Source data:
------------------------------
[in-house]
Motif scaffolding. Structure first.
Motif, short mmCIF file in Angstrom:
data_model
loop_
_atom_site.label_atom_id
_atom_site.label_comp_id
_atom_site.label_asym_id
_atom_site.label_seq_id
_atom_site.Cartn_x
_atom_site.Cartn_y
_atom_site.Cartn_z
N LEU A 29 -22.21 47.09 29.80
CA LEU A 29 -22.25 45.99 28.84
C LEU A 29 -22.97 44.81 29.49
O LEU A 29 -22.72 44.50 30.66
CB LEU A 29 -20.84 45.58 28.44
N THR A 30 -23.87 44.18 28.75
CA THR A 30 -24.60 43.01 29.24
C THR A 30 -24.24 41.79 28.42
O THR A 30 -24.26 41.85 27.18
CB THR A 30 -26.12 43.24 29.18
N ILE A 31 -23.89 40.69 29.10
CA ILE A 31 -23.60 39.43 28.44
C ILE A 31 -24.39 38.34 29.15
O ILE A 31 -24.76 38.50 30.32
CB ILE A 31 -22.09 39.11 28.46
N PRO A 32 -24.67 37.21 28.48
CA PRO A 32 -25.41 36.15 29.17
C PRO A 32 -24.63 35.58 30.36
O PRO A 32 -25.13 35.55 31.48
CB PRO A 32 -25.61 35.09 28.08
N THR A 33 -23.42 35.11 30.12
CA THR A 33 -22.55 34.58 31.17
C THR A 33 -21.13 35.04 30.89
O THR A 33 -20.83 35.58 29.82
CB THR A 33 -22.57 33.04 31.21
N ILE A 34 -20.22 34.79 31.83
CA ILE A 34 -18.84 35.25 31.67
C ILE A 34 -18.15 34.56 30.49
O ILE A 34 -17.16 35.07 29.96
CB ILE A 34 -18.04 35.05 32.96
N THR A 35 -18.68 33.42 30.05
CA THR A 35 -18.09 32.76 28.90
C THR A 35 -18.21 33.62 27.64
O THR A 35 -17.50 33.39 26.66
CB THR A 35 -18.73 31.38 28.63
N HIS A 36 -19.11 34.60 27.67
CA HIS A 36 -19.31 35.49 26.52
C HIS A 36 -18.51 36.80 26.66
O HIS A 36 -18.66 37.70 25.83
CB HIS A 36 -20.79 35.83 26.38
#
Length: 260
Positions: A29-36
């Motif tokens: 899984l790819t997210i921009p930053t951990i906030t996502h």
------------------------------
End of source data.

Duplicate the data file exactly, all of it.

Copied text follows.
[in-house]
Motif scaffolding. Structure first.
Motif, short mmCIF file in Angstrom:
data_model
loop_
_atom_site.label_atom_id
_atom_site.label_comp_id
_atom_site.label_asym_id
_atom_site.label_seq_id
_atom_site.Cartn_x
_atom_site.Cartn_y
_atom_site.Cartn_z
N LEU A 29 -22.21 47.09 29.80
CA LEU A 29 -22.25 45.99 28.84
C LEU A 29 -22.97 44.81 29.49
O LEU A 29 -22.72 44.50 30.66
CB LEU A 29 -20.84 45.58 28.44
N THR A 30 -23.87 44.18 28.75
CA THR A 30 -24.60 43.01 29.24
C THR A 30 -24.24 41.79 28.42
O THR A 30 -24.26 41.85 27.18
CB THR A 30 -26.12 43.24 29.18
N ILE A 31 -23.89 40.69 29.10
CA ILE A 31 -23.60 39.43 28.44
C ILE A 31 -24.39 38.34 29.15
O ILE A 31 -24.76 38.50 30.32
CB ILE A 31 -22.09 39.11 28.46
N PRO A 32 -24.67 37.21 28.48
CA PRO A 32 -25.41 36.15 29.17
C PRO A 32 -24.63 35.58 30.36
O PRO A 32 -25.13 35.55 31.48
CB PRO A 32 -25.61 35.09 28.08
N THR A 33 -23.42 35.11 30.12
CA THR A 33 -22.55 34.58 31.17
C THR A 33 -21.13 35.04 30.89
O THR A 33 -20.83 35.58 29.82
CB THR A 33 -22.57 33.04 31.21
N ILE A 34 -20.22 34.79 31.83
CA ILE A 34 -18.84 35.25 31.67
C ILE A 34 -18.15 34.56 30.49
O ILE A 34 -17.16 35.07 29.96
CB ILE A 34 -18.04 35.05 32.96
N THR A 35 -18.68 33.42 30.05
CA THR A 35 -18.09 32.76 28.90
C THR A 35 -18.21 33.62 27.64
O THR A 35 -17.50 33.39 26.66
CB THR A 35 -18.73 31.38 28.63
N HIS A 36 -19.11 34.60 27.67
CA HIS A 36 -19.31 35.49 26.52
C HIS A 36 -18.51 36.80 26.66
O HIS A 36 -18.66 37.70 25.83
CB HIS A 36 -20.79 35.83 26.38
#
Length: 260
Positions: A29-36
């Motif tokens: 899984l790819t997210i921009p930053t951990i906030t996502h």